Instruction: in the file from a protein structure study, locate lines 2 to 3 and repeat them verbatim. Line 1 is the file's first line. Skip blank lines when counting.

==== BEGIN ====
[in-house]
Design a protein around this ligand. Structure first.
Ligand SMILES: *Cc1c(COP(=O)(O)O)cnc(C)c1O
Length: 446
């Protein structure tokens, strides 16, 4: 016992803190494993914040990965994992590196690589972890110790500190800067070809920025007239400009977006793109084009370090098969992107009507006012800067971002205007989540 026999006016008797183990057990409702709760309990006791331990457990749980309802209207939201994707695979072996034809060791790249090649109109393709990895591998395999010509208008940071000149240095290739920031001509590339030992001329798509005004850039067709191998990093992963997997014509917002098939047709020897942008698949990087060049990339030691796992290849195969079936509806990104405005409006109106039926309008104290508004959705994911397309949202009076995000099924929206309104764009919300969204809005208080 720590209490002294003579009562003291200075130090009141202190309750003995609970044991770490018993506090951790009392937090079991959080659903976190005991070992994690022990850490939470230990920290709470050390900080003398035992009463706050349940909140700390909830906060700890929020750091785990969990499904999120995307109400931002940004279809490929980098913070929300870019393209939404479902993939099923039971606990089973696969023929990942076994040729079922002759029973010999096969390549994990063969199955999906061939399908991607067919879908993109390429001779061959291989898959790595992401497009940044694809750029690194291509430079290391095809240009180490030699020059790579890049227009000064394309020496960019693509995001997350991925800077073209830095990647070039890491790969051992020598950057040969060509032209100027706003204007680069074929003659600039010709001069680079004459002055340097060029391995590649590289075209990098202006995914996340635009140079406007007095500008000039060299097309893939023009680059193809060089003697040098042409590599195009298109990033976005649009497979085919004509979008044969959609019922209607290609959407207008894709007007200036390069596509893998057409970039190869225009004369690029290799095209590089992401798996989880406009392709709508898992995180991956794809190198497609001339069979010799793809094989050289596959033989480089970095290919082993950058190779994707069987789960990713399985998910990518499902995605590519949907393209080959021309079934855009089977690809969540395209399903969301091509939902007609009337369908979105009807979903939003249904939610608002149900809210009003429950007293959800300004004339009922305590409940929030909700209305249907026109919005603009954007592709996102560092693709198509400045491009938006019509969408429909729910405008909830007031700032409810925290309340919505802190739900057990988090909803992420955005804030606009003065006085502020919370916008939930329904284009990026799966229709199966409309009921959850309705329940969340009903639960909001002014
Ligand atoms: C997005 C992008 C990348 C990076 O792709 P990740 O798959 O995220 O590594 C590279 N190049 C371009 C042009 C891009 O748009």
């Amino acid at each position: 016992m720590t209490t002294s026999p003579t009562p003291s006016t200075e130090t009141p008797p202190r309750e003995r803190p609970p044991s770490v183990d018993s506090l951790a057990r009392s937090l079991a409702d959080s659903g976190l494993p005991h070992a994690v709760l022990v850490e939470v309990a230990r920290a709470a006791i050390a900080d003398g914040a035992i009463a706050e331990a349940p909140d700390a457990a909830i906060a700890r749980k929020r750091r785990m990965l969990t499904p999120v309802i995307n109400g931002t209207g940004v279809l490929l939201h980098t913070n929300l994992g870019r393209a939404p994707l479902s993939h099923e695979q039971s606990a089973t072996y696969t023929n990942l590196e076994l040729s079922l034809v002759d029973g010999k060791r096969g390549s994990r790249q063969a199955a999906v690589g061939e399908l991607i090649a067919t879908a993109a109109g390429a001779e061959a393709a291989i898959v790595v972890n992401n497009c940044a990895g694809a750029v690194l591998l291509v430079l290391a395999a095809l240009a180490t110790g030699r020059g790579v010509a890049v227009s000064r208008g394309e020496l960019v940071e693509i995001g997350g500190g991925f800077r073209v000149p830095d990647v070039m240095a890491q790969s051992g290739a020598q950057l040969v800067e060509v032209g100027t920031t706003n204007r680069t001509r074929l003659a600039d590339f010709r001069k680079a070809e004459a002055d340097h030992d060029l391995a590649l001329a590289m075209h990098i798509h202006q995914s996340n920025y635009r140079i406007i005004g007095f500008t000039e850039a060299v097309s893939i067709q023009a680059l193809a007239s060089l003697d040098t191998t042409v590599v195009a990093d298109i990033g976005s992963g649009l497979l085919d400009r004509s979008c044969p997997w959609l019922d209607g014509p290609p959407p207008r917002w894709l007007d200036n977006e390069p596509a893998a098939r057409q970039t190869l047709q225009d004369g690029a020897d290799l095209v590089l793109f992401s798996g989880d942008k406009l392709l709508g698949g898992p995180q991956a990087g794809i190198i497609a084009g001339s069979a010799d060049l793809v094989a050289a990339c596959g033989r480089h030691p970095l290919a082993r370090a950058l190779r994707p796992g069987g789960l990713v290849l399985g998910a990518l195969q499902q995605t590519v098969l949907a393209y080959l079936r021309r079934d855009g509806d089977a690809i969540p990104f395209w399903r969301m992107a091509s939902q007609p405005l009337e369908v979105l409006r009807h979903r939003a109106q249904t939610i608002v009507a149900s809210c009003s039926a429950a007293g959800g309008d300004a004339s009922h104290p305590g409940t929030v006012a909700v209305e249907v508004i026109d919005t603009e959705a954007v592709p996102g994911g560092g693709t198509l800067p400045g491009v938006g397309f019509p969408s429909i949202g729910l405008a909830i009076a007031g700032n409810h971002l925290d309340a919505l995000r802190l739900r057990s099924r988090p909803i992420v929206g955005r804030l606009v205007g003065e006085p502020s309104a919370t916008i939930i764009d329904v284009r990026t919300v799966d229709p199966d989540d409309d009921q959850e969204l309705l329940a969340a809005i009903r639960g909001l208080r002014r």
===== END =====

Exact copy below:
Design a protein around this ligand. Structure first.
Ligand SMILES: *Cc1c(COP(=O)(O)O)cnc(C)c1O